He writes pretty much exactly what I was thinking as I watched it last night:
I have a few pictures and some thoughts on New Orleans I’ll share later. For now though, I’m wondering: New Orleans is more than anything known for its music. Jazz, blues, zydeco — or some combination of the three. So the NFL decides to celebrate the city’s rebirth with…um…U2 and friggin’ Green Day? Yeah, they threw in a backup New Orleans brass band to cover their asses, but they were drowned out by the edge and Billy Joe. And come on. Green Day’s music doesn’t exactly lend itself to the New Orleans sound. Nor does U2’s.
Also, how did Bono corner on this whole “rising above our tragedies through music” market? I don’t mind U2. I in fact like some of their material. But when did the ritual of the sanctimonious Irishman strutting across our football fields telling us to buck up and stay strong become such an intergral part of America’s collective grieving process?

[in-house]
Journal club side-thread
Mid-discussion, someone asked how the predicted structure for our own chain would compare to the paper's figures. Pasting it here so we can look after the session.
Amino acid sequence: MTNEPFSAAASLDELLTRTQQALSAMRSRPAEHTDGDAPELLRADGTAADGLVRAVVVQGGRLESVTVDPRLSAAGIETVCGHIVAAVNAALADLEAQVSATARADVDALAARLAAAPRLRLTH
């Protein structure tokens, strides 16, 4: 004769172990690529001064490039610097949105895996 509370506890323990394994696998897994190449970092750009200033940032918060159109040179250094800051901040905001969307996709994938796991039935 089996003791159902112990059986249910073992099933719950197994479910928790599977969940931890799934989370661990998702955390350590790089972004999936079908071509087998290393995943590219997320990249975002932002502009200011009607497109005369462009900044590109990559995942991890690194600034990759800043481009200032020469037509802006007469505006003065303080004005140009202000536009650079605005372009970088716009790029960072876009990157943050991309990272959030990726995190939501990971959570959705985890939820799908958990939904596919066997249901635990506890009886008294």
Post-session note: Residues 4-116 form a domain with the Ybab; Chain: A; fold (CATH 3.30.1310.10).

I’m willing to give a pass to having U2 involved. When they performed at the Super Bowl after 9/11, I thought the tribute to those who died at the WTC was moving. And given that The Edge has done so much to get instruments into the hands of New Orleans musicians after the hurricane, I can understand having them involved. But frickin’ Green Day? For what possible reason? I didn’t get it at all.
The obvious and appropriate way to start things would have been with an old fashioned Nawlins processional. They should have gathered a group of prominent Nawlins musicians – Wynton Marsalis, Kermit Ruffins, Pete Fountain, Dr. John, Dr. Allen Toussant, the Neville Brothers, etc – and had them lead a processional of “When the Saints Go Marching In” around the stadium. This is the classic Nawlins tradition and the theme is appropriate for the event. What they actually did was inexplicable to me.